Essential to the invention is that the package always conforms tightly around the goods to be paracelled regardless of the bulk of the goods.
|Cited Patent||Filing date||Publication date||Applicant||Title|
|US2011703 *||May 28, 1932||Aug 20, 1935||Eugene V Myers||Wrapper or container|
|US2071232 *||Sep 3, 1935||Feb 16, 1937||Langehennig Lulu W||Wrapper for books and other merchandise|
|US3217868 *||Feb 28, 1964||Nov 16, 1965||Packaging Corp America||Shipper carton and package|
|US3253379 *||May 16, 1962||May 31, 1966||Foradora Paul J||Method of banding a group of articles|
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|CH256382A *||Title not available|
|CH7415301A *||Title not available|
|FR2026553A1 *||Title not available|
|FR2297785A1 *||Title not available|
|FR2307707A2 *||Title not available|
|FR2311729A2 *||Title not available|
|SU284217A1 *||Title not available|
|SU1036242A3 *||Title not available|
|Citing Patent||Filing date||Publication date||Applicant||Title|
|US4956961 *||May 12, 1989||Sep 18, 1990||Pussikeskus Oy||Apparatus for wrapping and closing a book package|
|US5098012 *||Mar 24, 1987||Mar 24, 1992||Lever Brothers Company, Division Of Conopco, Inc.||Package|
|US5115618 *||Apr 9, 1990||May 26, 1992||Pussikeskus Oy||Method for packaging books|
|US5248034 *||Apr 29, 1992||Sep 28, 1993||Pussikeskus Oy||Book package blank and method and machine for its fabrication|
|US5410862 *||Jun 3, 1994||May 2, 1995||Pussikeskus Oy||Packaging machine for wrapping books or the like|
|US5461844 *||Jul 22, 1994||Oct 31, 1995||United States Surgical Corporation||Method of using a needle shield device for surgical packages|
|US5477965 *||Aug 17, 1993||Dec 26, 1995||Herbeck; Thomas||Packaging element for stacked printed products|
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|US5630510 *||Sep 7, 1995||May 20, 1997||Polaroid Corporation||Packaging and loading solid ink nuggets for ink jet apparatus|
|US6269948 *||Jun 22, 1999||Aug 7, 2001||W. Shaun Jackson||Luggage for nomadic computing|
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|US7165788 *||Jun 6, 2003||Jan 23, 2007||Smith Christopher M||Binding wrapper|
|US7204070 *||Oct 8, 2004||Apr 17, 2007||The Real Reel Corporation||Method and apparatus for packaging panel products|
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|US9156581||Oct 21, 2014||Oct 13, 2015||Franco Manufacturing Co. Inc.||Sustainable packaging system and method thereof|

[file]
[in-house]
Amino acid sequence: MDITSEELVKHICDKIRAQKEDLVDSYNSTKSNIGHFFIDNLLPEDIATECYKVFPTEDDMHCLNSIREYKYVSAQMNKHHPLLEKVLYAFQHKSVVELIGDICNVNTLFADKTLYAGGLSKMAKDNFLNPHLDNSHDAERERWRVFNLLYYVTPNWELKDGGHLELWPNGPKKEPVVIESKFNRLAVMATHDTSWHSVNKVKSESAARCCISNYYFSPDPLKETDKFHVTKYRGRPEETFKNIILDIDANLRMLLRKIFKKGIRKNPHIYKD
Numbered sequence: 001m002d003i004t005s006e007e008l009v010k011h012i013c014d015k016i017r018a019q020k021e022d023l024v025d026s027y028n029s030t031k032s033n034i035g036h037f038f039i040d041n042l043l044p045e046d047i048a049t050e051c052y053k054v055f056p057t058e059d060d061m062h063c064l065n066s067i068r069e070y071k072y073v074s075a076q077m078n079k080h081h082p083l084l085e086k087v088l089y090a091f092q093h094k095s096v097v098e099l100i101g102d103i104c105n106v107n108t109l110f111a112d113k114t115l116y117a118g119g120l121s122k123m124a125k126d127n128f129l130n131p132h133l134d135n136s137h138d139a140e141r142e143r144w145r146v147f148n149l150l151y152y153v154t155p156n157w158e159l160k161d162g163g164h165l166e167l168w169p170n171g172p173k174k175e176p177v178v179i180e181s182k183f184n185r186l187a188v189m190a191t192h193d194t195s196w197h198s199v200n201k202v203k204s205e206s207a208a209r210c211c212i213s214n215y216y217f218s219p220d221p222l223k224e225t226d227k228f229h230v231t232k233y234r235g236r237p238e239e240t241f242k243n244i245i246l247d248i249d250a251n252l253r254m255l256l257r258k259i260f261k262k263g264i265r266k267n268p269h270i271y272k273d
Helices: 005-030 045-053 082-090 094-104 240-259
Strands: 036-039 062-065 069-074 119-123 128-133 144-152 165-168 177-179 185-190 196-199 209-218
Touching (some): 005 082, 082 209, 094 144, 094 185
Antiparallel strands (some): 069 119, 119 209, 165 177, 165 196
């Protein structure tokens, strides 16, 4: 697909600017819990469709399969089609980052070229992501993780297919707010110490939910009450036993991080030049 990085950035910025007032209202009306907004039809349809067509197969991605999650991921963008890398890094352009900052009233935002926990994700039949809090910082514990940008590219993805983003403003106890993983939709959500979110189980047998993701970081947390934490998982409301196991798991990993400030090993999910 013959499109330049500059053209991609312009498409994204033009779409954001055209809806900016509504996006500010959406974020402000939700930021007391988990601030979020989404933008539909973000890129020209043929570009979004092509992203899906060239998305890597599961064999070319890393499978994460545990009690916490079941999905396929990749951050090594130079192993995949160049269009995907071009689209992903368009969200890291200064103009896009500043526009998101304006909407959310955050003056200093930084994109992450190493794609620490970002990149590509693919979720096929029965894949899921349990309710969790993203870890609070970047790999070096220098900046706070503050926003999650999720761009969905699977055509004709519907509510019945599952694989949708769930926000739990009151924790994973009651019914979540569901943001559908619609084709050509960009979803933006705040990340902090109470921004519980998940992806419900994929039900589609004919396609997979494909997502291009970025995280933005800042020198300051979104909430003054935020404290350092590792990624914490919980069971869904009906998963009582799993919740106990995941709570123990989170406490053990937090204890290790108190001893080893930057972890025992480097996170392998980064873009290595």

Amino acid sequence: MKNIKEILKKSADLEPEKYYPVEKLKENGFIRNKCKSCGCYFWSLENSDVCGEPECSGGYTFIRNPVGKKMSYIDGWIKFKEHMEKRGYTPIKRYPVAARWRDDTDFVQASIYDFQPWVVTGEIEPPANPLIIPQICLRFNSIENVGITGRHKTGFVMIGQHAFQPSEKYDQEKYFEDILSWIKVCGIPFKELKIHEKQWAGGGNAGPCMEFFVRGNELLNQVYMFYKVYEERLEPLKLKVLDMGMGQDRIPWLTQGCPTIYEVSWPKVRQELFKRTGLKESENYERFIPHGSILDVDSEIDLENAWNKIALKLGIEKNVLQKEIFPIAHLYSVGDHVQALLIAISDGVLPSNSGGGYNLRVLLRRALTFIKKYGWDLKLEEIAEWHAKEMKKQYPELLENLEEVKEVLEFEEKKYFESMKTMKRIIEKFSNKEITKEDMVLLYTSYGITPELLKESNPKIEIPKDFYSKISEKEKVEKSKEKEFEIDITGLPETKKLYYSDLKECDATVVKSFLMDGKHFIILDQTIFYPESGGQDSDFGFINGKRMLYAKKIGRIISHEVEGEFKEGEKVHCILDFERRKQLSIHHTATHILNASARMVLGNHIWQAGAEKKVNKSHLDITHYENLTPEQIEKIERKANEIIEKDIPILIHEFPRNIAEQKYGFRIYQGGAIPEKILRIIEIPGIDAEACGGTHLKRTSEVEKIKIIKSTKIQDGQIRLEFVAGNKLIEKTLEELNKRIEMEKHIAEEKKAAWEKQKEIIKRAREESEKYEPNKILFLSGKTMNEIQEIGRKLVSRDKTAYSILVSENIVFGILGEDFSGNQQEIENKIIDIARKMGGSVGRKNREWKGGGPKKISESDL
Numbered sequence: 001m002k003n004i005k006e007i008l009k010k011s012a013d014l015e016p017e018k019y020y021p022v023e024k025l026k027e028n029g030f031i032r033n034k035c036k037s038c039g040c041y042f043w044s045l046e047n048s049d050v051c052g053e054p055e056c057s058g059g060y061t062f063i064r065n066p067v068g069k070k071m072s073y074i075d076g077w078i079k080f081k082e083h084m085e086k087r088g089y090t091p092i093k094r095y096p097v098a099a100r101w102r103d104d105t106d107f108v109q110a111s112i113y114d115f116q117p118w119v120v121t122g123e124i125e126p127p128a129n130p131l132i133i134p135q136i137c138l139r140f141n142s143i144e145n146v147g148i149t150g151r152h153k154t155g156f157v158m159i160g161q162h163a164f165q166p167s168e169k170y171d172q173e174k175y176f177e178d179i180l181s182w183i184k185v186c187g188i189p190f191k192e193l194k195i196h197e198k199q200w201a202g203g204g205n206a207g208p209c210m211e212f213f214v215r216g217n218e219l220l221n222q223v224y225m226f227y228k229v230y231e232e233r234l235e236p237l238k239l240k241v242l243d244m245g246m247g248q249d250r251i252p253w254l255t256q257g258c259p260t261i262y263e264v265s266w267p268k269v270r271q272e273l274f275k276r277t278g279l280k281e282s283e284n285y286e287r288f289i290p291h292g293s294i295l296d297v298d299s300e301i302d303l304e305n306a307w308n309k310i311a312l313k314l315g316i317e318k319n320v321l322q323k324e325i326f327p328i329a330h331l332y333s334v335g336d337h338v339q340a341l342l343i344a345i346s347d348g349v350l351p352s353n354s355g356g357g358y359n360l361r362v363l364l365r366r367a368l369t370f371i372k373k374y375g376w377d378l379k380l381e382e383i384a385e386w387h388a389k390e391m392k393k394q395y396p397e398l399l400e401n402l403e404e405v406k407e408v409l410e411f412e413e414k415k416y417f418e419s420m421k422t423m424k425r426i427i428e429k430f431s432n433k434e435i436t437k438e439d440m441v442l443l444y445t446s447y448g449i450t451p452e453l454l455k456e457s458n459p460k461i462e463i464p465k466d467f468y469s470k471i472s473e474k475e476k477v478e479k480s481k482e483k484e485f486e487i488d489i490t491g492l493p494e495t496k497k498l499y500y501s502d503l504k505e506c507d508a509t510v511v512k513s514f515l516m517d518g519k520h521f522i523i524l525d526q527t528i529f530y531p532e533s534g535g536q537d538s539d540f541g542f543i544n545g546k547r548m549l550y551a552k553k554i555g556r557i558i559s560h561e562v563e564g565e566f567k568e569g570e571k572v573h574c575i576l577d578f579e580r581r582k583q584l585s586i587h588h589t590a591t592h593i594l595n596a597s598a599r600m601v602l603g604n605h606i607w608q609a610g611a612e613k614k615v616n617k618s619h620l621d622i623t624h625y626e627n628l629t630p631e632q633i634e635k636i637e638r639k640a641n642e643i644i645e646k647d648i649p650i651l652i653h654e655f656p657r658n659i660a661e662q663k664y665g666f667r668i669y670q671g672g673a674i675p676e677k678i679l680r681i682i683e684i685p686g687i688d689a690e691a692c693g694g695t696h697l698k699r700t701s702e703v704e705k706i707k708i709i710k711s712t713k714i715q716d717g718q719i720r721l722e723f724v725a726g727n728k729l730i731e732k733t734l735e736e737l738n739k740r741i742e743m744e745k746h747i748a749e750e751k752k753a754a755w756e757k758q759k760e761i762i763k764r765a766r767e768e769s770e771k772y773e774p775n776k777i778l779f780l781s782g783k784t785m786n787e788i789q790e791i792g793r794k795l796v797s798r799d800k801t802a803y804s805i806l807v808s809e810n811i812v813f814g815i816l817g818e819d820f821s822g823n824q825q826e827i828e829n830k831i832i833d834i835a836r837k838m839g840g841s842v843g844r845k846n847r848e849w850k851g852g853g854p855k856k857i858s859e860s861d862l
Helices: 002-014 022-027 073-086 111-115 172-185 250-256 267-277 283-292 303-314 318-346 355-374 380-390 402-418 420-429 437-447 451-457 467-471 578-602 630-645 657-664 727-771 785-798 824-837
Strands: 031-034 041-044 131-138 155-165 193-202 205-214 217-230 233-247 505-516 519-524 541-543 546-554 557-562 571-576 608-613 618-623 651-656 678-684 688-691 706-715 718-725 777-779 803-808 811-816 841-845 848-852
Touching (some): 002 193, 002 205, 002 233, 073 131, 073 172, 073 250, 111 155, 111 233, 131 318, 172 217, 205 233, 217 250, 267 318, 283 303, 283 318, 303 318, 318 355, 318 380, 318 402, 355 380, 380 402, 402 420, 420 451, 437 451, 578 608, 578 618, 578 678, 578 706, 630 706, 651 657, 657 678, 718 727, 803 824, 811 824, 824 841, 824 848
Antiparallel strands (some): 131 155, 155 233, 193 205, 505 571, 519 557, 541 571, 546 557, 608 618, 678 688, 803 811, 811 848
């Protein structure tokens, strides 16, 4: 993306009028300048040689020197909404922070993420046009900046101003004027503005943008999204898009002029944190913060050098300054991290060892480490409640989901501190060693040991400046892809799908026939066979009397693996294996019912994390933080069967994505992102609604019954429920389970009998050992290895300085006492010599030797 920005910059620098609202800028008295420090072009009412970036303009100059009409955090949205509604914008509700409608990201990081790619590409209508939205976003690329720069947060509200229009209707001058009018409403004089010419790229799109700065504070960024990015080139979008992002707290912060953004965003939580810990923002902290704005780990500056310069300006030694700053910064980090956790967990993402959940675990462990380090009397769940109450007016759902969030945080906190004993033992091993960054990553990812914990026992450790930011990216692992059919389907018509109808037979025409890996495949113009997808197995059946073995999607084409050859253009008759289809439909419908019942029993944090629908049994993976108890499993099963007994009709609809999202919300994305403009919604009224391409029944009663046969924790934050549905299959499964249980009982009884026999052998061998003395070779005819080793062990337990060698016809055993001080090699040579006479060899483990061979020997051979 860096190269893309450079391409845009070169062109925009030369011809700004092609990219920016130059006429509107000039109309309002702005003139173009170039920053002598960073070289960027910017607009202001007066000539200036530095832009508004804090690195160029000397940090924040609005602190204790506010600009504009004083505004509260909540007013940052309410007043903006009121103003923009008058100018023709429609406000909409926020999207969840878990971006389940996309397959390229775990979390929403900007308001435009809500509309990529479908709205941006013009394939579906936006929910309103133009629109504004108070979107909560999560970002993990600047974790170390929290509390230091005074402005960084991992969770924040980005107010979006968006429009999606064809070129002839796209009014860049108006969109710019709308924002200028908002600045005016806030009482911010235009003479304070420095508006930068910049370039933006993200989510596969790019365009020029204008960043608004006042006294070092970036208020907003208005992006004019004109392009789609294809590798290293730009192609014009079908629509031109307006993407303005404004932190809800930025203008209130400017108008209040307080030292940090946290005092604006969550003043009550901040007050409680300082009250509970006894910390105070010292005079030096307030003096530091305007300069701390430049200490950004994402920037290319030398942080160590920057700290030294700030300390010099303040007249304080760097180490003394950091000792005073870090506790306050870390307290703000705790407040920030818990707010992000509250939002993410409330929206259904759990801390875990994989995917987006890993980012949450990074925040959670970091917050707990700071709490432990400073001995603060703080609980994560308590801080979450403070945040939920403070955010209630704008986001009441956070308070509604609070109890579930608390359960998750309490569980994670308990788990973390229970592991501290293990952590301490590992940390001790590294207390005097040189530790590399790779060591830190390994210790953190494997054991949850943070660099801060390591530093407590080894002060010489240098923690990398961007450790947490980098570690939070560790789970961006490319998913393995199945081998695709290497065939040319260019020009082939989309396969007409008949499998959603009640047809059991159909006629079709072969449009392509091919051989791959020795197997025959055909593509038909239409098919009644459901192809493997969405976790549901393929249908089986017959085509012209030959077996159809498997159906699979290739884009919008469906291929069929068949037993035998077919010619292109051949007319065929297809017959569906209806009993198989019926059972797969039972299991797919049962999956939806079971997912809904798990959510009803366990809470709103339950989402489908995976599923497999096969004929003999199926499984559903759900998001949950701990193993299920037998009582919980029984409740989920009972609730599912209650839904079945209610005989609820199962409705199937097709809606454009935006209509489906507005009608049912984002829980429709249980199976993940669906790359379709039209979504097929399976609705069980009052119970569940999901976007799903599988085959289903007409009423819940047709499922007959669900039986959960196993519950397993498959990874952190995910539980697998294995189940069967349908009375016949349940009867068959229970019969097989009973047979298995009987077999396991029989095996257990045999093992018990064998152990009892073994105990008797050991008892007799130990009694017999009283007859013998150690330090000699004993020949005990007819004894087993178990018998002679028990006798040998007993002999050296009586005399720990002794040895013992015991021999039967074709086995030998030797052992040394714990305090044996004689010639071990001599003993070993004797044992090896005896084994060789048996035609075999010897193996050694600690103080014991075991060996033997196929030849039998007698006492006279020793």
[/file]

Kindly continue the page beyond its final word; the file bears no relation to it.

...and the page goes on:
|US20040247374 *||Jun 6, 2003||Dec 9, 2004||Smith Christopher M.||Binding wrapper|
|US20050022477 *||Sep 2, 2004||Feb 3, 2005||Levin Marc A.||Packaging device and method for shipping furniture|
|US20050115202 *||Oct 8, 2004||Jun 2, 2005||Mertz William J.Ii||Method and apparatus for packaging panel products|
|US20070085328 *||Dec 5, 2006||Apr 19, 2007||Smith Christopher M||Binding wrapper|
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|US20070183839 *||Nov 16, 2006||Aug 9, 2007||Walker Thomas S||Bound component with adjustable elastic device|
|US20080029584 *||Jun 25, 2007||Feb 7, 2008||Todd Van Gordon||Soap Bar Wrapper|
|US20110139861 *||Dec 15, 2010||Jun 16, 2011||Franco Manufacturing Co., Inc.||Sustainable packaging system and method thereof|
|CN1064620C *||Feb 27, 1996||Apr 18, 2001||普西凯斯库斯公司||Method and apparatus for continuous production of package blanks|
|EP0729828A2||Jan 19, 1996||Sep 4, 1996||Pussikeskus Oy||Method and apparatus for the continuous production of package blanks|
|WO2016064975A1 *||Oct 21, 2015||Apr 28, 2016||Graphic Packaging International, Inc.||Package for a product|
|U.S. Classification||53/449, 206/441, 53/399, 229/87.01|
|International Classification||B65D75/28, B65D65/10, B65D71/02, B65D65/06, B65D75/38|
|Mar 9, 1989||AS||Assignment|
Owner name: PUSSIKESKUS OY, A FINNISH CORP.
Free format text: ASSIGNMENT OF ASSIGNORS INTEREST.;ASSIGNOR:JANHONEN, VEIKO ILMARI;REEL/FRAME:005036/0891
Effective date: 19890224
Owner name: SEALED AIR CORPORATION, SADDLE BROOK, NEW JERSEY A
Free format text: ASSIGNMENT OF ASSIGNORS INTEREST.;ASSIGNOR:PUSSIKESKUS OY;REEL/FRAME:005036/0896
Effective date: 19890227
|May 21, 1990||FPAY||Fee payment|
Year of fee payment: 4
|Mar 21, 1994||FPAY||Fee payment|
Year of fee payment: 8
|Jun 30, 1998||REMI||Maintenance fee reminder mailed|
|Jul 20, 1998||SULP||Surcharge for late payment|
|Jul 20, 1998||FPAY||Fee payment|
Year of fee payment: 12